Originally, The Batwa were forest-dwelling hunters and gatherers based in the Great Lakes region of Central Africa and the first inhabitants of the African forests. The establishment of the Bwindi and Mgahinga National Parks for Mountain Gorillas in 1991 enabled the authorities to evict the Batwa definitely from the forest. In 1992, the lives of the Batwa changed forever, when the forest became a national park and world heritage site in order to protect the endangered mountain gorillas that reside within its boundaries. The Batwa were evicted from the park and became conservation refugees in a world that was very unfamiliar to them. Their skills and means of subsistence were not useful in this modern environment and they began to suffer
The Batwa in Uganda experience systematic and pervasive discrimination from the government and other sectors of society, and their rights as indigenous peoples are neither recognized nor respected.
A few Batwa own very little agricultural land and the least productive. The land was obtained from development agencies such as the Adventist Development and Relief Agency, BMCT -Bwindi Mgahinga Conservation Trust and AICM -African International Christian Ministry.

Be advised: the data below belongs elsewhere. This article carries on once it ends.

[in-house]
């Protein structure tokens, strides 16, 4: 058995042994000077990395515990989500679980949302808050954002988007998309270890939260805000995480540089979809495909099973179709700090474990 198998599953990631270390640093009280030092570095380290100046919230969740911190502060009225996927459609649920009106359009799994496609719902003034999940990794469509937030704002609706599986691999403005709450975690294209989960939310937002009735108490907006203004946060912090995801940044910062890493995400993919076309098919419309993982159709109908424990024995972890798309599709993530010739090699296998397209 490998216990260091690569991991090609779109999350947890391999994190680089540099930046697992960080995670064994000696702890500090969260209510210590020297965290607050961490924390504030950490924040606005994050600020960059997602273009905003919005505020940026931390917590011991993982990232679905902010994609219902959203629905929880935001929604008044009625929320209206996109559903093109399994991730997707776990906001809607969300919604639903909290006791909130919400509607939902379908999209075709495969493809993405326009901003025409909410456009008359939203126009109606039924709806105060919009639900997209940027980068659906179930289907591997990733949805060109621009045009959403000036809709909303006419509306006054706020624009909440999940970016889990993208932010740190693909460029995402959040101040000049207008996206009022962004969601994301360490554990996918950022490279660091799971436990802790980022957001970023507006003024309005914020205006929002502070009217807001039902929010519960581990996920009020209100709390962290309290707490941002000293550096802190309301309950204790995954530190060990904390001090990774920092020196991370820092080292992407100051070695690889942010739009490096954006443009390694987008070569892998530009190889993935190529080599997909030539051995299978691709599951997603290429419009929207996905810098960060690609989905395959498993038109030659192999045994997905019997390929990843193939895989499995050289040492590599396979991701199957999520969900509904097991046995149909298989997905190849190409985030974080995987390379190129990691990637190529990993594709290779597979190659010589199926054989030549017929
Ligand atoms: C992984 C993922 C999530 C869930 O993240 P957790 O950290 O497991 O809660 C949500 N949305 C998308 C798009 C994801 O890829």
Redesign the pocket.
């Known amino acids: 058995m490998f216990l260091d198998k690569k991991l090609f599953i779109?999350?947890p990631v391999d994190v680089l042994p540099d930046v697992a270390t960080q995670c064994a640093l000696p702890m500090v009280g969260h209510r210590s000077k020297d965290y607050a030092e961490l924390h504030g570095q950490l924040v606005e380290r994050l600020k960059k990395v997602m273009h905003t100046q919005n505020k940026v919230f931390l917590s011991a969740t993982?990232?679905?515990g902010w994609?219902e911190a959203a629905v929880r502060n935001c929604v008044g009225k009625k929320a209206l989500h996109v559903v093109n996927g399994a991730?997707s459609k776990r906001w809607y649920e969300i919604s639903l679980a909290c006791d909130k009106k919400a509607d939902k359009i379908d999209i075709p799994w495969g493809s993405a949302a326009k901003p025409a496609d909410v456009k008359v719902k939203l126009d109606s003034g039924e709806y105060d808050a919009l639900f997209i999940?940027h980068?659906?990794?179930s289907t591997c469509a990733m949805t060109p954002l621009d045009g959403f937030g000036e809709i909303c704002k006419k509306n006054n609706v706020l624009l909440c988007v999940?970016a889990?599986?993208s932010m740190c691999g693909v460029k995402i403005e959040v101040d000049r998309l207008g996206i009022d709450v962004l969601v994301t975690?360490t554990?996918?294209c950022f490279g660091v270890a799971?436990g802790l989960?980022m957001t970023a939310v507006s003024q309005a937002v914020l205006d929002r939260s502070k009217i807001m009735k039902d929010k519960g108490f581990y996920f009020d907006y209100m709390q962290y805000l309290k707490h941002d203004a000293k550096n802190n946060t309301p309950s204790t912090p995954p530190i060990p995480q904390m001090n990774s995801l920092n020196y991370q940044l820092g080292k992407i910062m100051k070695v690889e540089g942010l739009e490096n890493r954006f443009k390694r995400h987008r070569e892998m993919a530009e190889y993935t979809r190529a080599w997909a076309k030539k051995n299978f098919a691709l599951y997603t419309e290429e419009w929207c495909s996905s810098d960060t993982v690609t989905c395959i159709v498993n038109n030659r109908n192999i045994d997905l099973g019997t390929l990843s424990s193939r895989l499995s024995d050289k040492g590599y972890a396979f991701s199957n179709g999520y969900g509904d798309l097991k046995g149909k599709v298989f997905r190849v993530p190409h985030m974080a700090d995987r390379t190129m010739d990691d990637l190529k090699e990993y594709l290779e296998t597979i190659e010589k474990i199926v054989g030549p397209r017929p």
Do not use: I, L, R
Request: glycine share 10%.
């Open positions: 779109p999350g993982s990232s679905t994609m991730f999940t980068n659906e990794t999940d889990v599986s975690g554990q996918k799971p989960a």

In most cases, the original keepers of the forests –Batwa were not involved in the decision making process and as a result, most Batwa became landless and others squatters living on non-Batwa’s land. They are now beggars, providing cheap manual labour, prostitution and stealing for survival..
Previously, the Batwa used to do wild hunting, collection of honey, mushrooms, water, bamboo for basket making, building poles, making of bee hives and fire wood and would live comfortably in the forest with the animals.
Now they illegally hunt in the forest due to lack of alternative sources of proteins. The forest is also of cultural importance to the Batwa, who offer religious sacrifices to their gods. .
In 2001, when the Batwa people were on the edge of extinction American medical missionaries, Dr Scott and Carol Kellermanns came to their rescue. They purchased land and established programs to improve the conditions and lives of the Batwa. This included the building of a school, hospital and housing. The Kellermanns also developed water and sanitation projects and found ways that the Batwa could generate income and sustain themselves.
These projects are now managed and operated by the Batwa Development Program (BDP). BDP works closely with the Batwa community to try to ensure that their indigenous rights are respected and they also benefit from the forest being a national park and tourist attraction. Majority of the Batwa are living as squatters- they stay on the land where they build a small semi-temporary house and do some small scale subsistence farming in exchange of cheap labour as a way of earning what to eat remember they no longer depend on the forest for survival.
The Batwa are very energetic and people only love them for that! They do well in peoples gardens.
Some few have been resettled by some Non-Governmental Organizations that bought land for them but others are squatters today.